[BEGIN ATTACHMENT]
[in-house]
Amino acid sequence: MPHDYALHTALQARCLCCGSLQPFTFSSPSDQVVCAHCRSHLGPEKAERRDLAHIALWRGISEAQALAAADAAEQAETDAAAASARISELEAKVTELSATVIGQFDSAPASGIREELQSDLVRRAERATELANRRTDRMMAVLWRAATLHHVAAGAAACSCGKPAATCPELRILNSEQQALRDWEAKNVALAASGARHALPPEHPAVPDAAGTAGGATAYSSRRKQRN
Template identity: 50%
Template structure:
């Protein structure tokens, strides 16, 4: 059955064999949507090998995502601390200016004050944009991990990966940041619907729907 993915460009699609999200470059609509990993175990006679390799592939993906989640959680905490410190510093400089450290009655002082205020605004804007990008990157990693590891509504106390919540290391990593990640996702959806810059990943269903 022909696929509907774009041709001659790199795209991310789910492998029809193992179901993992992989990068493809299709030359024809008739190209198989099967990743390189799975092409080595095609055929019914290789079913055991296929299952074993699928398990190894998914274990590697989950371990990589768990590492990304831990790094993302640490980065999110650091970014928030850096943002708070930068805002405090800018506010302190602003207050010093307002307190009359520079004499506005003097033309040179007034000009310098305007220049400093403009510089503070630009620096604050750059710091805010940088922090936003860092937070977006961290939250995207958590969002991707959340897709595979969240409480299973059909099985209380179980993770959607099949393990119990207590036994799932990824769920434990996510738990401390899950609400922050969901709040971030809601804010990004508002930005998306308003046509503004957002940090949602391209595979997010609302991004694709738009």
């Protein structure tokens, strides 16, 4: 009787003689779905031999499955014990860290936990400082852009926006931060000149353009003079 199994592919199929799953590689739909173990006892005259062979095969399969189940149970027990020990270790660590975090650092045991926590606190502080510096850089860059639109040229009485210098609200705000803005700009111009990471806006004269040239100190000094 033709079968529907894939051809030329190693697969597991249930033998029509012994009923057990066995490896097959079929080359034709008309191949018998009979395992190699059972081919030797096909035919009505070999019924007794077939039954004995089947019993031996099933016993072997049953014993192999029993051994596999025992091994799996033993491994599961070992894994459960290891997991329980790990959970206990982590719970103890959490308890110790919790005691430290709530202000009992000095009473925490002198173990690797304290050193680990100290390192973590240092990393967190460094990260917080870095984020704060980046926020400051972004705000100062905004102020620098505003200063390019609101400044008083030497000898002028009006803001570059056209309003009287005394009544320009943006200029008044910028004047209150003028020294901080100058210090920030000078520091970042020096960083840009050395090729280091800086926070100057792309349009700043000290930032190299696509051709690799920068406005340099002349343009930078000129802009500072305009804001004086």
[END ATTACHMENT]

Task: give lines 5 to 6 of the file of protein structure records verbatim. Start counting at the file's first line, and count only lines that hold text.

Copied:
């Protein structure tokens, strides 16, 4: 059955064999949507090998995502601390200016004050944009991990990966940041619907729907 993915460009699609999200470059609509990993175990006679390799592939993906989640959680905490410190510093400089450290009655002082205020605004804007990008990157990693590891509504106390919540290391990593990640996702959806810059990943269903 022909696929509907774009041709001659790199795209991310789910492998029809193992179901993992992989990068493809299709030359024809008739190209198989099967990743390189799975092409080595095609055929019914290789079913055991296929299952074993699928398990190894998914274990590697989950371990990589768990590492990304831990790094993302640490980065999110650091970014928030850096943002708070930068805002405090800018506010302190602003207050010093307002307190009359520079004499506005003097033309040179007034000009310098305007220049400093403009510089503070630009620096604050750059710091805010940088922090936003860092937070977006961290939250995207958590969002991707959340897709595979969240409480299973059909099985209380179980993770959607099949393990119990207590036994799932990824769920434990996510738990401390899950609400922050969901709040971030809601804010990004508002930005998306308003046509503004957002940090949602391209595979997010609302991004694709738009």
């Protein structure tokens, strides 16, 4: 009787003689779905031999499955014990860290936990400082852009926006931060000149353009003079 199994592919199929799953590689739909173990006892005259062979095969399969189940149970027990020990270790660590975090650092045991926590606190502080510096850089860059639109040229009485210098609200705000803005700009111009990471806006004269040239100190000094 033709079968529907894939051809030329190693697969597991249930033998029509012994009923057990066995490896097959079929080359034709008309191949018998009979395992190699059972081919030797096909035919009505070999019924007794077939039954004995089947019993031996099933016993072997049953014993192999029993051994596999025992091994799996033993491994599961070992894994459960290891997991329980790990959970206990982590719970103890959490308890110790919790005691430290709530202000009992000095009473925490002198173990690797304290050193680990100290390192973590240092990393967190460094990260917080870095984020704060980046926020400051972004705000100062905004102020620098505003200063390019609101400044008083030497000898002028009006803001570059056209309003009287005394009544320009943006200029008044910028004047209150003028020294901080100058210090920030000078520091970042020096960083840009050395090729280091800086926070100057792309349009700043000290930032190299696509051709690799920068406005340099002349343009930078000129802009500072305009804001004086």